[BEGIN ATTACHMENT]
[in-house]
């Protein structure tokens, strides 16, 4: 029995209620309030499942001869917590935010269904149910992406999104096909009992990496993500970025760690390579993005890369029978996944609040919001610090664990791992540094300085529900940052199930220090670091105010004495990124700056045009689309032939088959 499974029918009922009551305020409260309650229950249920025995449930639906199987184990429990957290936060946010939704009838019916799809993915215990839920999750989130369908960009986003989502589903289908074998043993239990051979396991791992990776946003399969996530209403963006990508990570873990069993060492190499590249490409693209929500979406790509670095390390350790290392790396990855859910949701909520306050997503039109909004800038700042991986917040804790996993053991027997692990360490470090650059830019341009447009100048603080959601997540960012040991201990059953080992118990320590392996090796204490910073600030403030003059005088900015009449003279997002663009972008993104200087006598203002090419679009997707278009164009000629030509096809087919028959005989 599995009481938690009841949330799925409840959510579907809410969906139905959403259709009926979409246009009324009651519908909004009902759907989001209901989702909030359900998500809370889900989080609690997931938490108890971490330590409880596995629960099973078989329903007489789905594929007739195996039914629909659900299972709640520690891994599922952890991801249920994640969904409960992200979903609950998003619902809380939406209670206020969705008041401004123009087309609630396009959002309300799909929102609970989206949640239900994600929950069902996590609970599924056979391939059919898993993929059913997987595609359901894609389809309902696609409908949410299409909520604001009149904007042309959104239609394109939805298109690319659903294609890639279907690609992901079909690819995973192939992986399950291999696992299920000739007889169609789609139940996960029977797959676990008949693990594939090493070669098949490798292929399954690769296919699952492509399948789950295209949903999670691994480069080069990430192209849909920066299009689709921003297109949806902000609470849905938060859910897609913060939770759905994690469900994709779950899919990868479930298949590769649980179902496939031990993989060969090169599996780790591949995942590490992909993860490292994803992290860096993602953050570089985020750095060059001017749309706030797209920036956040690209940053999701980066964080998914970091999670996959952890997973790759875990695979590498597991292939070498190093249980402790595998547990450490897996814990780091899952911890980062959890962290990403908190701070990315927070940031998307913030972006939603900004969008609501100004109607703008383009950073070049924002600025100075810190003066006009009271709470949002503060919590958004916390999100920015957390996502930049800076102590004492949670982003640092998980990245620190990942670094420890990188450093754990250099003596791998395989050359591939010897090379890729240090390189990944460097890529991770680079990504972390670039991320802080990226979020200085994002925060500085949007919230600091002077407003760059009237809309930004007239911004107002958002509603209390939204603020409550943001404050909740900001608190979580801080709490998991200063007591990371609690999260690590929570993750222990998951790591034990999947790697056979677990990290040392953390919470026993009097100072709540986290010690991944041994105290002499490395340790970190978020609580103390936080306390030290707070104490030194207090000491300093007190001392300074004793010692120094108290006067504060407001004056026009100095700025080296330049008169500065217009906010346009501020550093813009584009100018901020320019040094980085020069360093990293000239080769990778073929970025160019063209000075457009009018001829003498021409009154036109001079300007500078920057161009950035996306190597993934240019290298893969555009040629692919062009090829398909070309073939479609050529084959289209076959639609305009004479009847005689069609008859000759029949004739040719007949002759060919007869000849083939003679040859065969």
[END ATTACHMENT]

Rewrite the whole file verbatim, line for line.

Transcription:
[in-house]
């Protein structure tokens, strides 16, 4: 029995209620309030499942001869917590935010269904149910992406999104096909009992990496993500970025760690390579993005890369029978996944609040919001610090664990791992540094300085529900940052199930220090670091105010004495990124700056045009689309032939088959 499974029918009922009551305020409260309650229950249920025995449930639906199987184990429990957290936060946010939704009838019916799809993915215990839920999750989130369908960009986003989502589903289908074998043993239990051979396991791992990776946003399969996530209403963006990508990570873990069993060492190499590249490409693209929500979406790509670095390390350790290392790396990855859910949701909520306050997503039109909004800038700042991986917040804790996993053991027997692990360490470090650059830019341009447009100048603080959601997540960012040991201990059953080992118990320590392996090796204490910073600030403030003059005088900015009449003279997002663009972008993104200087006598203002090419679009997707278009164009000629030509096809087919028959005989 599995009481938690009841949330799925409840959510579907809410969906139905959403259709009926979409246009009324009651519908909004009902759907989001209901989702909030359900998500809370889900989080609690997931938490108890971490330590409880596995629960099973078989329903007489789905594929007739195996039914629909659900299972709640520690891994599922952890991801249920994640969904409960992200979903609950998003619902809380939406209670206020969705008041401004123009087309609630396009959002309300799909929102609970989206949640239900994600929950069902996590609970599924056979391939059919898993993929059913997987595609359901894609389809309902696609409908949410299409909520604001009149904007042309959104239609394109939805298109690319659903294609890639279907690609992901079909690819995973192939992986399950291999696992299920000739007889169609789609139940996960029977797959676990008949693990594939090493070669098949490798292929399954690769296919699952492509399948789950295209949903999670691994480069080069990430192209849909920066299009689709921003297109949806902000609470849905938060859910897609913060939770759905994690469900994709779950899919990868479930298949590769649980179902496939031990993989060969090169599996780790591949995942590490992909993860490292994803992290860096993602953050570089985020750095060059001017749309706030797209920036956040690209940053999701980066964080998914970091999670996959952890997973790759875990695979590498597991292939070498190093249980402790595998547990450490897996814990780091899952911890980062959890962290990403908190701070990315927070940031998307913030972006939603900004969008609501100004109607703008383009950073070049924002600025100075810190003066006009009271709470949002503060919590958004916390999100920015957390996502930049800076102590004492949670982003640092998980990245620190990942670094420890990188450093754990250099003596791998395989050359591939010897090379890729240090390189990944460097890529991770680079990504972390670039991320802080990226979020200085994002925060500085949007919230600091002077407003760059009237809309930004007239911004107002958002509603209390939204603020409550943001404050909740900001608190979580801080709490998991200063007591990371609690999260690590929570993750222990998951790591034990999947790697056979677990990290040392953390919470026993009097100072709540986290010690991944041994105290002499490395340790970190978020609580103390936080306390030290707070104490030194207090000491300093007190001392300074004793010692120094108290006067504060407001004056026009100095700025080296330049008169500065217009906010346009501020550093813009584009100018901020320019040094980085020069360093990293000239080769990778073929970025160019063209000075457009009018001829003498021409009154036109001079300007500078920057161009950035996306190597993934240019290298893969555009040629692919062009090829398909070309073939479609050529084959289209076959639609305009004479009847005689069609008859000759029949004739040719007949002759060919007869000849083939003679040859065969």